Thanks to reader Denny, we have some more information on the Czech vz.61 “Skorpion” PDW, including pages from a CZ catalog advertising three different versions of the gun for sale. These three variants are:
vz.61 – the original version, in .32ACP (7.65mm) feeding from curved 10- and 20-round magazines. Has select-fire capability.
vz.83 – a version in .380 (9mm Browning) feeding from straight 12-, 24- and 30-round magazines. It is the same size and weight as the vz.61, and also has a select-fire trigger mechanism.
CZ-91S – a semiauto-only civilian version available in .32ACP, .380, or 9mm Makarov. This model does not have the rate-reducing mechanism in the grip, and is consequently lighter than the standard vz.61 (1.14kg in .32 or 1.28kg in .380 or 9mm Mak, compared to 1.3kg for the automatic versions).
Denny also sent us a handful of photos of a cutaway Skorpion, which give some interesting and useful views into the mechanism. In particular, these photos give a decent idea of how the rate reducing mechanism works. There is a weighted block in the pistol grip which is pushed upwards by a spring. When the bolt cycles fully rearward, it hits a cam that pushes the weight down, and simultaneously engages a hook that holds the bolt at its rearmost position. The weight in the grip takes a shot period of time to travel down, stop, and then be pushed back up by its spring. When the weight returns to the top of the grip, it causes the bolt hook to disengage, allowing the bolt to return to battery and load a new cartridge. By adjusting the mass of the grip weight and the strength of its spring, the rate of fire can be fine tuned to whatever the factory prefers – in this case, 850-900 rounds/minute.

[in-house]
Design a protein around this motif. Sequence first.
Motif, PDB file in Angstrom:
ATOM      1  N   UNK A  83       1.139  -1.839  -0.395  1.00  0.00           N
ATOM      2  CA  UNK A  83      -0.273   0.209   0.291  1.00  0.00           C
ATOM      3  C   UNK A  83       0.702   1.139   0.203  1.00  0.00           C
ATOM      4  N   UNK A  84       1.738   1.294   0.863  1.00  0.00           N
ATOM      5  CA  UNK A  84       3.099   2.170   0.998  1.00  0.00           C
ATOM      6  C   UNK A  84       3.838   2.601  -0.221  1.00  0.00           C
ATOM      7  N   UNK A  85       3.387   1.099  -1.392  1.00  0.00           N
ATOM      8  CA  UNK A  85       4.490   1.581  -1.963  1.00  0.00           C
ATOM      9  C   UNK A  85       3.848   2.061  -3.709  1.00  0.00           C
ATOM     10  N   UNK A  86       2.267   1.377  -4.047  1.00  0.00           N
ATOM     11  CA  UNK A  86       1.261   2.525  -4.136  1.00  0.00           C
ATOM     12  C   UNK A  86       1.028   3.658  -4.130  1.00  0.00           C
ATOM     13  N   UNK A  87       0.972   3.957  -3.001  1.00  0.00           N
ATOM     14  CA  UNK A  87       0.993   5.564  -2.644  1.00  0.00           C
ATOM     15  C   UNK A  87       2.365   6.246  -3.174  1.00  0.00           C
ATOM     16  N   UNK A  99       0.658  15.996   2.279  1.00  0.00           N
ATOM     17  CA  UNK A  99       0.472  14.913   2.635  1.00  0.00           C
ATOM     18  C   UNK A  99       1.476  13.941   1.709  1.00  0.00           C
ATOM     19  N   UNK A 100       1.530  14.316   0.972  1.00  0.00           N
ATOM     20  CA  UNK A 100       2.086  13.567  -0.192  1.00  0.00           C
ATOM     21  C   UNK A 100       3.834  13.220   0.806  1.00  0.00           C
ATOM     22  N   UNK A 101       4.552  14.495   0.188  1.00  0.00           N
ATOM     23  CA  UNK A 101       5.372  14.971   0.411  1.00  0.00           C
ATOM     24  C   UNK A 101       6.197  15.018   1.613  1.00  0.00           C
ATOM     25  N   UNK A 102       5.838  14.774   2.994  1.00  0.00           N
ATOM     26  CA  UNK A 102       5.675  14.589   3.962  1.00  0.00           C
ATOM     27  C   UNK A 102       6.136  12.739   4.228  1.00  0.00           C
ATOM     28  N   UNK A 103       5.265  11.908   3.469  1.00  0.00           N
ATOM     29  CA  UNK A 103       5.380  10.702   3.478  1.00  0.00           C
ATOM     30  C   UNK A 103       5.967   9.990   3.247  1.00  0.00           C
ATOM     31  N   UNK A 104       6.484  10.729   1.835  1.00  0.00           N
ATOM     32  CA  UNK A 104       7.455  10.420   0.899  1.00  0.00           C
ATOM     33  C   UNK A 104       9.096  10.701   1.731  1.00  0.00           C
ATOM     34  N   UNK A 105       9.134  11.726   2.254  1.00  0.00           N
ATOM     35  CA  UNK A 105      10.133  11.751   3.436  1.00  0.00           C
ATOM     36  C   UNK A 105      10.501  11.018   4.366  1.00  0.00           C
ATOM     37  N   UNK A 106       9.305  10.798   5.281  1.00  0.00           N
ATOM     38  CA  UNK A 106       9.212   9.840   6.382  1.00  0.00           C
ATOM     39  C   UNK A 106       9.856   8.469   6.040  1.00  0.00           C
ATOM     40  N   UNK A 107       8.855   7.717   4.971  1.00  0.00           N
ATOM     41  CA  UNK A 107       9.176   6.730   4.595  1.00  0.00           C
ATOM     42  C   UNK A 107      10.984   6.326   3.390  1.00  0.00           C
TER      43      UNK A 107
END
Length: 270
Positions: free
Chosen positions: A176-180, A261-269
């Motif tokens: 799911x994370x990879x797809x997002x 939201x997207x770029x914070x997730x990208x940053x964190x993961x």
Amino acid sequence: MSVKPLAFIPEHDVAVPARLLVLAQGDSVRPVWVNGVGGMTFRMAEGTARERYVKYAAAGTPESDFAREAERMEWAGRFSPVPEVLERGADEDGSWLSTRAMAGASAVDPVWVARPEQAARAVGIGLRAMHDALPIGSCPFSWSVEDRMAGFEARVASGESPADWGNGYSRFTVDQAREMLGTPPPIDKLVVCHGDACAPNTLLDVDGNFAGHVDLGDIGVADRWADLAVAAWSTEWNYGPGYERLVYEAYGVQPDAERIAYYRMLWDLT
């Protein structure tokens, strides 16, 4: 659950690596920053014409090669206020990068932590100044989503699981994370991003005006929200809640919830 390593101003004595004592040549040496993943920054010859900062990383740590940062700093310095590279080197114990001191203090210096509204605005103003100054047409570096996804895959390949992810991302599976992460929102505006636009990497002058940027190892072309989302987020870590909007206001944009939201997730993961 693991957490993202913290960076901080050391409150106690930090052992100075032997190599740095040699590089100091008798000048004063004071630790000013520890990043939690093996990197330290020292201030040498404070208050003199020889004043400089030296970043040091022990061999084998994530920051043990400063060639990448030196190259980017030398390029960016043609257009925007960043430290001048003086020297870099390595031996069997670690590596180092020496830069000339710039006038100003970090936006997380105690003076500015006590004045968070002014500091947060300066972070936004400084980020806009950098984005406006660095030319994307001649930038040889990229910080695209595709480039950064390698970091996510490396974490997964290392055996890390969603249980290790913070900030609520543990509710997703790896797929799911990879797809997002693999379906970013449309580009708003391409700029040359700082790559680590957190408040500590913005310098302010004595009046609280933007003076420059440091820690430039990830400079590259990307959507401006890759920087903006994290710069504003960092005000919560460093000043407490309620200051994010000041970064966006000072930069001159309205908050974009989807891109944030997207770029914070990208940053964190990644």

You can see the rest of Denny’s photos here:
Last but certainly not least, Denny sent a scan of a poster showing an exploded view of the parts and mechanism of a vz.61:
The G33/40 carbine was made by the excellent Czech factory at Brno under German occupation (between 1940 and 1942). It was essentially a copy of the Czech vz.33 carbine, and was specifically issued to the […]
In the US, the commonly accessible version of the vz.61 Skorpion is the stock-less semiauto pistol – and in that configuration the gun is really nothing like the intentions of its designers. The Skorpion was […]
Josef Nickl was one of the chief R&D designers at Mauser after the Federle brothers, and one of his pet projects was a rotating barrel military pistol developed from the Steyr-Hahn M1912 pistol. He built […]